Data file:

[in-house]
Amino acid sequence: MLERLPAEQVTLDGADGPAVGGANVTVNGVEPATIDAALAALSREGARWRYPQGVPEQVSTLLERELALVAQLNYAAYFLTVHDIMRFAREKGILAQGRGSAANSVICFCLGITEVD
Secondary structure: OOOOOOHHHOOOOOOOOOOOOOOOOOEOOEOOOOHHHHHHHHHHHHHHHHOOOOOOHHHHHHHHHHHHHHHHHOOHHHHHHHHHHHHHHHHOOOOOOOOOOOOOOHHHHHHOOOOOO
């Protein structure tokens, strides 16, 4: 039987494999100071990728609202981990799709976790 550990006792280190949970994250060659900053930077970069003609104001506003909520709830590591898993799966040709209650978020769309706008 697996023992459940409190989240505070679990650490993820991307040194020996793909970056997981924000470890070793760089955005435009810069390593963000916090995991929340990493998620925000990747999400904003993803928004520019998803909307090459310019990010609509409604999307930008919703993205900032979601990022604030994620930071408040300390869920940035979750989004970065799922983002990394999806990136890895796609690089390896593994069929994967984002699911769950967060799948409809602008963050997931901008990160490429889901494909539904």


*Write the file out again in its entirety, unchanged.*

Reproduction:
[in-house]
Amino acid sequence: MLERLPAEQVTLDGADGPAVGGANVTVNGVEPATIDAALAALSREGARWRYPQGVPEQVSTLLERELALVAQLNYAAYFLTVHDIMRFAREKGILAQGRGSAANSVICFCLGITEVD
Secondary structure: OOOOOOHHHOOOOOOOOOOOOOOOOOEOOEOOOOHHHHHHHHHHHHHHHHOOOOOOHHHHHHHHHHHHHHHHHOOHHHHHHHHHHHHHHHHOOOOOOOOOOOOOOHHHHHHOOOOOO
């Protein structure tokens, strides 16, 4: 039987494999100071990728609202981990799709976790 550990006792280190949970994250060659900053930077970069003609104001506003909520709830590591898993799966040709209650978020769309706008 697996023992459940409190989240505070679990650490993820991307040194020996793909970056997981924000470890070793760089955005435009810069390593963000916090995991929340990493998620925000990747999400904003993803928004520019998803909307090459310019990010609509409604999307930008919703993205900032979601990022604030994620930071408040300390869920940035979750989004970065799922983002990394999806990136890895796609690089390896593994069929994967984002699911769950967060799948409809602008963050997931901008990160490429889901494909539904």